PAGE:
I was inspired to eat at TacoDeli recently upon discovering that a friend we'll call John (because that's his name) had never eaten there. Here is how our e-mail conversation went:

---
Me: Where shall we go for lunch?

John: Somewhere where the beer flows like wine and the women instinctively flock like Salmon of Capastrano. (blogger's note: I like strange people)

Me: I have no idea where the women flock like Salmon of Capastrano, but how about X, Y, Z, or TacoDeli?

John: I've never been to Y or TacoDeli - how about one of those?

Me: You've NEVER BEEN TO TACODELI?
---

Needless to say, we arrived at TacoDeli just a few short hours later. I had raved to John about the Cowboy Taco, which was rated the 52nd best taco in Texas by Texas Monthly in a December, 2006 article delightfully entitled "The 63 Tacos You Must Eat Before You Die." We each ordered one of those; John also tried a Pork Mole taco and I had one of their specials of the day, a Shrimp Taco.

The Cowboy Tacos were perfect, as always. The Cowboy is a stunning combination of succulent, grilled beef tenderloin with caramelized onions, nuggets of grilled corn, and roasted peppers, topped with guacamole & queso fresco. I also usually add a layer of TacoDeli's addictive Dona sauce, which I somehow neglected to photograph - shocking, considering the fact that I dream about bathing in the stuff. It's that good.



Looking down the barrel of a Cowboy Taco


The shrimp taco I had was also fantastic - very garlicky and loaded with shrimp. Unfortunately, I was halfway through it before I realized I should have photographed it.

We also tried the Grasshopper cake balls from Holy Cacao, which are now sold at TacoDeli as well. In all honesty, I wasn't really a fan of these. The chocolate reminds me of Lindt milk chocolate, which I've never loved; it always seems too mild and weirdly mushy to me. The texture of the cake balls is similarly strange - not cake-y at all - more a cross between a Lindt truffle and a really heavy piece of fudge. Meh.



Holy Caca?

Oh, and did I mention that these little balls are $2.25 apiece? I don't think Holy Cacao is going to see any more of my business (although I think they're $1.50 when purchased directly from Holy Cacao).

To my delight, the mediocre cake ball failed to interfere with the luscious taco memory that lingered on my tongue. If the Cowboy is only the 52nd best taco in Texas, I have a whoooooole lot of eating to do.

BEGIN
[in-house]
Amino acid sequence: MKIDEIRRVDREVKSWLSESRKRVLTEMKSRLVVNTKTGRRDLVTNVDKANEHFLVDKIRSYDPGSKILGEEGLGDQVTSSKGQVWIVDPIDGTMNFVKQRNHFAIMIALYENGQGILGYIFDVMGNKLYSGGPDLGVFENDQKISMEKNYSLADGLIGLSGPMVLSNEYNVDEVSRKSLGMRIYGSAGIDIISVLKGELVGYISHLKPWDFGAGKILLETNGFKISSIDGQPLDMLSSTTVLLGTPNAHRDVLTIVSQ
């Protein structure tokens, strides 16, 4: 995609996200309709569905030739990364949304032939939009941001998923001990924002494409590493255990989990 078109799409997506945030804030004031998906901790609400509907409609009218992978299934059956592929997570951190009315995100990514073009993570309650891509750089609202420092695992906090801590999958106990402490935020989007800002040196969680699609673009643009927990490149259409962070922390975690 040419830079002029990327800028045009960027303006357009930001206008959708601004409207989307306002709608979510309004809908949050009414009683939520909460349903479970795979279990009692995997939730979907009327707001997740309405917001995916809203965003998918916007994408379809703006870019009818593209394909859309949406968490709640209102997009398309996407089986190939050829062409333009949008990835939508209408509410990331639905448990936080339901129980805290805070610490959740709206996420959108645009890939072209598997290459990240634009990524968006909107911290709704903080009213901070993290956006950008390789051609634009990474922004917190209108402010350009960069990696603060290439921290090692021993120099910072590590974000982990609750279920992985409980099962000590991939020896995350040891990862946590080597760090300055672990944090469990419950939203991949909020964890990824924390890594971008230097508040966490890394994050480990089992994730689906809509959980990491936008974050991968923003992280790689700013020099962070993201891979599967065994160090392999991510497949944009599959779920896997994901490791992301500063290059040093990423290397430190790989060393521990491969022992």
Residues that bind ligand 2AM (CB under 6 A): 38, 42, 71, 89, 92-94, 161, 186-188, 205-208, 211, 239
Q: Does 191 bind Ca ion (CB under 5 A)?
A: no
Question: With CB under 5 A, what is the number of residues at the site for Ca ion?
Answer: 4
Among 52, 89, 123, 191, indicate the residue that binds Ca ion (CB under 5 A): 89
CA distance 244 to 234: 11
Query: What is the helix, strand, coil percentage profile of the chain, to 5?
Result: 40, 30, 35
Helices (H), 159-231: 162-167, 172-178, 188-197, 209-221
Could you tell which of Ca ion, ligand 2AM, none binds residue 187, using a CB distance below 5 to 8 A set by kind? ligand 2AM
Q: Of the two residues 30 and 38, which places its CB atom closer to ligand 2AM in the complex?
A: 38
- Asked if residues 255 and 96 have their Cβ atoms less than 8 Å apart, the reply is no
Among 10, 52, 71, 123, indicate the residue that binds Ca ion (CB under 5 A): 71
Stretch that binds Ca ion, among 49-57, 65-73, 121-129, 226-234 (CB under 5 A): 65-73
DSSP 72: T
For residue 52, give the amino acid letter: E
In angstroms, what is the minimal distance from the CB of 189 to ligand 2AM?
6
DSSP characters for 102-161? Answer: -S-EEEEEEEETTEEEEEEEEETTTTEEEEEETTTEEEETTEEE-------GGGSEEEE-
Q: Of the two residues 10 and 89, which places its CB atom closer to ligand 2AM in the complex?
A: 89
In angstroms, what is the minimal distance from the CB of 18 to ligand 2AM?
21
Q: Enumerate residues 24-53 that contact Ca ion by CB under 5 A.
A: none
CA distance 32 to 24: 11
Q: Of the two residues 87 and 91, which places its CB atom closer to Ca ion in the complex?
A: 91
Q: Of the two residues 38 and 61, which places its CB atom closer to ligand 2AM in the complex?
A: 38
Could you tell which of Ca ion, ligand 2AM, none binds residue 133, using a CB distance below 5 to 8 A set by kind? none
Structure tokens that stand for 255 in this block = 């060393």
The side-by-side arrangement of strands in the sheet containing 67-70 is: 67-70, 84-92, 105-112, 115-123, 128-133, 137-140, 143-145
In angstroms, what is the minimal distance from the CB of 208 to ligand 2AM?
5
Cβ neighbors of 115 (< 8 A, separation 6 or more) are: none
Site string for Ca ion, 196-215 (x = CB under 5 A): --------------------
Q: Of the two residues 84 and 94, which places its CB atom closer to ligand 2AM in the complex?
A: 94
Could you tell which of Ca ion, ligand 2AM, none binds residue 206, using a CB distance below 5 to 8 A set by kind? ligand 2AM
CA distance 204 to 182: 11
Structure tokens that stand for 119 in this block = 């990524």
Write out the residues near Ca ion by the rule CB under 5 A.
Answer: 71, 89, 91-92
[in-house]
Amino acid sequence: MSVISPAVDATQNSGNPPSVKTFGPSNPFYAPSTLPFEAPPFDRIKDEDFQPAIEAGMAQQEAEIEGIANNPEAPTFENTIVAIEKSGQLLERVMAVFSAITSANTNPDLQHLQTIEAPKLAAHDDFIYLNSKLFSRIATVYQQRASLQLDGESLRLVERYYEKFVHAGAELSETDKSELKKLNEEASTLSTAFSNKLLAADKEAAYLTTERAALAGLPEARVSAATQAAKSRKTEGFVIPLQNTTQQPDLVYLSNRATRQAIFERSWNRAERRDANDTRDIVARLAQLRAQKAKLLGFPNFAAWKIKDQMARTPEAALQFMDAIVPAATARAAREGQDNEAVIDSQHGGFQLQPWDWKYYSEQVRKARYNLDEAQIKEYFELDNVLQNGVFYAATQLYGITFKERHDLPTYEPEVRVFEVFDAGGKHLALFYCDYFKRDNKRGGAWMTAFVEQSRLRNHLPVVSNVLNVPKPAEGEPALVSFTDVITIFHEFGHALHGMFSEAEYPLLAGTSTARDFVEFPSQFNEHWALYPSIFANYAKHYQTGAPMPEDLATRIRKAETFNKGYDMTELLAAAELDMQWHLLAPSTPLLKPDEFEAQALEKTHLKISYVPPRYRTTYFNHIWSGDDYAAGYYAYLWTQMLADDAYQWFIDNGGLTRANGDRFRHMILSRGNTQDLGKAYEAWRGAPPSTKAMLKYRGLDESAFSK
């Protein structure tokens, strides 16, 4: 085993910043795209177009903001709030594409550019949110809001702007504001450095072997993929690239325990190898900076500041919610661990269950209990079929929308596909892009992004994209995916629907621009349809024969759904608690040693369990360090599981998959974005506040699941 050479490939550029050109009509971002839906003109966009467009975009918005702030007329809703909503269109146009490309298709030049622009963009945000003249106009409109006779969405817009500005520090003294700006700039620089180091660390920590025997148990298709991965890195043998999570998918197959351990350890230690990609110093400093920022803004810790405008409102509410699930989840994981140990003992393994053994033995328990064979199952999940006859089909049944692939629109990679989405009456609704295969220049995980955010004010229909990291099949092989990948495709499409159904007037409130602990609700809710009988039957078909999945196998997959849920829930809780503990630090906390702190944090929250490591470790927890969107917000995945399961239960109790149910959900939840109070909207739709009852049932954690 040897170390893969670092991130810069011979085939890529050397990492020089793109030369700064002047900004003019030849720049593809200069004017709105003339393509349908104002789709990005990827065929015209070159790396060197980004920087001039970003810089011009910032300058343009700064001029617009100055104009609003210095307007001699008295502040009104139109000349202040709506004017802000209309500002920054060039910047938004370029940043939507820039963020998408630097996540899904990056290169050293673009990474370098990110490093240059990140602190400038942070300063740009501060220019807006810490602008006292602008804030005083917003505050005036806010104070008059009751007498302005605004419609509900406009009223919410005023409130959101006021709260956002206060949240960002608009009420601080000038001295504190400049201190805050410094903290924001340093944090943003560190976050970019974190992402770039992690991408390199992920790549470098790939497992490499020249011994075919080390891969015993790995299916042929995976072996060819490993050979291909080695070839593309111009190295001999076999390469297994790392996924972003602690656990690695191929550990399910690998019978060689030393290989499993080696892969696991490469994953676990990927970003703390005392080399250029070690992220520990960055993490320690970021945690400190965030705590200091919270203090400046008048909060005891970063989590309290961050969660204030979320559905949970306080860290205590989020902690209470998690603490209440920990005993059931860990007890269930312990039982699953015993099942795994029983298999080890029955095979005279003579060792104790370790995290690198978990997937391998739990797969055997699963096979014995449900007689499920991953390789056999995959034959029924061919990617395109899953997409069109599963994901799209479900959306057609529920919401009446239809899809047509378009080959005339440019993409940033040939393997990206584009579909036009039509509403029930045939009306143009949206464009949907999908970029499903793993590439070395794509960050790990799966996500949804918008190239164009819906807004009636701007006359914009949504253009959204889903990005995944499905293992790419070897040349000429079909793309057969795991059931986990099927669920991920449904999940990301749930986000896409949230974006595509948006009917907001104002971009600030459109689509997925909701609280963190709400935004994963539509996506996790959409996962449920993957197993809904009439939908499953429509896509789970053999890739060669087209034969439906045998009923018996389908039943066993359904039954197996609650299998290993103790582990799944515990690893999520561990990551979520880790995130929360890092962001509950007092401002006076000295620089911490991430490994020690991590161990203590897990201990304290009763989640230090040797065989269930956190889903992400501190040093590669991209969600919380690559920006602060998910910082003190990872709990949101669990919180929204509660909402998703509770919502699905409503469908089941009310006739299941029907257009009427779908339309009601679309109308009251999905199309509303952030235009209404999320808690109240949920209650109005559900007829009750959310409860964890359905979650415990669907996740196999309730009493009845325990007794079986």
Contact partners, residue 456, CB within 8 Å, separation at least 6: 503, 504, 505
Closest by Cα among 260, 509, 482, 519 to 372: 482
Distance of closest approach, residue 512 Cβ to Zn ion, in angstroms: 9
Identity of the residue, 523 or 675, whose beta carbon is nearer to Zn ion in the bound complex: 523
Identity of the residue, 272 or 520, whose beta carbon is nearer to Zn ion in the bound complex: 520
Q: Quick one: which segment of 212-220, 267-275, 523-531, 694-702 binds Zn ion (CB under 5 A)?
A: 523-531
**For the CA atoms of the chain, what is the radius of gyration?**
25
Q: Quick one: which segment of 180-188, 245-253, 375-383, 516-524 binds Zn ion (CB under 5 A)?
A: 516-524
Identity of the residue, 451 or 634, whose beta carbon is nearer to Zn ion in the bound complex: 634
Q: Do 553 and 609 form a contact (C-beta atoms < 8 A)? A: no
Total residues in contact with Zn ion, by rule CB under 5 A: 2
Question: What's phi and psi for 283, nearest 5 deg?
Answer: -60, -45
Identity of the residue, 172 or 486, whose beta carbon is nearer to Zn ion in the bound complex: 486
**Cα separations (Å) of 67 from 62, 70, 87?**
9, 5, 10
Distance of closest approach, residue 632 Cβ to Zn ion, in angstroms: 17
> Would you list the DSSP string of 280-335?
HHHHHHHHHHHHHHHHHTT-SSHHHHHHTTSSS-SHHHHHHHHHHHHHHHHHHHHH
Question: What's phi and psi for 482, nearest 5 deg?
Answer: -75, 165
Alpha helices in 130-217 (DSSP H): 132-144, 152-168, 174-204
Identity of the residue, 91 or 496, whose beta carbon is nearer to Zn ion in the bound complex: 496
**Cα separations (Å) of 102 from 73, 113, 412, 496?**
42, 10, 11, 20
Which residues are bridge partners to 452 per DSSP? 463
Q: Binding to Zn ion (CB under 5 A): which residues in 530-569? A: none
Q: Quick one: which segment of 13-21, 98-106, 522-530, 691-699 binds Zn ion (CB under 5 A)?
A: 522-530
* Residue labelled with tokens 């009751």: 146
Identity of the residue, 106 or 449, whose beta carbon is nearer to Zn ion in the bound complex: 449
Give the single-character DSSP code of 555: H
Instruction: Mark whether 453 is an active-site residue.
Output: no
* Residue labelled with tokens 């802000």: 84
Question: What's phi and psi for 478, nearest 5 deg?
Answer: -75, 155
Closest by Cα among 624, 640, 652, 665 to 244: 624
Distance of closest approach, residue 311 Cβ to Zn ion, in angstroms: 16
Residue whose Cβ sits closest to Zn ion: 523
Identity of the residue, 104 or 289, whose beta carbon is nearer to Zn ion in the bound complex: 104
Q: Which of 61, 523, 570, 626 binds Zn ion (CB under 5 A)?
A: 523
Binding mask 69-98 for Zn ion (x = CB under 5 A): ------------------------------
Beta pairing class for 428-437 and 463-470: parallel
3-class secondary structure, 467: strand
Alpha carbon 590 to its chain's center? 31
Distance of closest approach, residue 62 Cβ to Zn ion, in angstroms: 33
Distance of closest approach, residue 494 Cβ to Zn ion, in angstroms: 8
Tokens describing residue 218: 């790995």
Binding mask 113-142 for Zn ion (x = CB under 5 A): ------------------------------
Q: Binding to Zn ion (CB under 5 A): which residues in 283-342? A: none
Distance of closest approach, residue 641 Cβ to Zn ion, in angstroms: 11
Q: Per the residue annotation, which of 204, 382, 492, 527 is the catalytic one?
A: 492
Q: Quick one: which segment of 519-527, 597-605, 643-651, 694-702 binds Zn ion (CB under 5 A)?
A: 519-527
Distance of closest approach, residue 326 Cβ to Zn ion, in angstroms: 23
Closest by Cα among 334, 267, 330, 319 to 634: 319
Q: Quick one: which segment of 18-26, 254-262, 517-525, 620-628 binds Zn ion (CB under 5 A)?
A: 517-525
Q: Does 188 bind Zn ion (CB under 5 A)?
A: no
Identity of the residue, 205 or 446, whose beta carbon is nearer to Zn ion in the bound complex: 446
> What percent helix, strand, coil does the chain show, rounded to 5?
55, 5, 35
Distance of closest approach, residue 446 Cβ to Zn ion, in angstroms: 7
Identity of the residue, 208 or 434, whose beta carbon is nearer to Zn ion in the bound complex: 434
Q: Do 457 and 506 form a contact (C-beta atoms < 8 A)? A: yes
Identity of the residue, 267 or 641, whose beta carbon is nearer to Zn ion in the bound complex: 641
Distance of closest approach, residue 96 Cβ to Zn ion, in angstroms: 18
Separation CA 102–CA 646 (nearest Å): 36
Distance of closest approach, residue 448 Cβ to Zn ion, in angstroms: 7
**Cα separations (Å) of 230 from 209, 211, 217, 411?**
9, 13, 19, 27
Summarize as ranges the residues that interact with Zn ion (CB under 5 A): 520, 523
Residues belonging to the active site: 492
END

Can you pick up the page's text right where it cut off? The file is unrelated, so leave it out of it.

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Thursday, April 23, 2009

Sorry, Charlie (but not really)

Despite having grown up with a mother who is a fabulous cook, and despite the fact that eating has long been one of my favorite activities (my mother claims that my first word was "cookie"), I've never really learned my way around the kitchen. Sure, I can follow a recipe (mostly), and I have a small repertoire of dishes that I can execute reasonably well by virtue of practice, but I'm not one of those chefs who can effortlessly throw together something amazing by pulling a bunch of random stuff out of the fridge and the pantry and dancing about tossing things gallantly into a pan. I'm clunky at best, painfully slow, and it just doesn't come instinctively to me - as my college roommates, who once witnessed me burning Jello - burning Jello - can attest.

But lately, I've suddenly had this desire to learn. I can't do anything too time-consuming, because my life is just too hectic to be making pasta from scratch. But I want to be able to turn out a decent, quick meal to share with friends or feed myself without whipping myself up into such a tizzy that I stop enjoying myself.

That's how I found myself at Central Market at 8:30 p.m. tonight after a trip to the dog park with Mindy.

I picked up a single albacore tuna steak and headed home, without the slightest clue what I was going to do with it.

After a little web research and a quick inventory of the spice rack, I ended up dredging the tuna in a mixture of fresh cracked pepper, sesame seeds, and lemon pepper. Then I seared it in sesame oil for a minute or so on each side. When it was done, I sliced the steak up, added just a splash of soy sauce, and laid it atop a bed of rice along with some dried kale I'd made earlier in the week.

And oh. my. god. It was good.

See for yourself.




Maybe there's hope for this Jello-burner yet.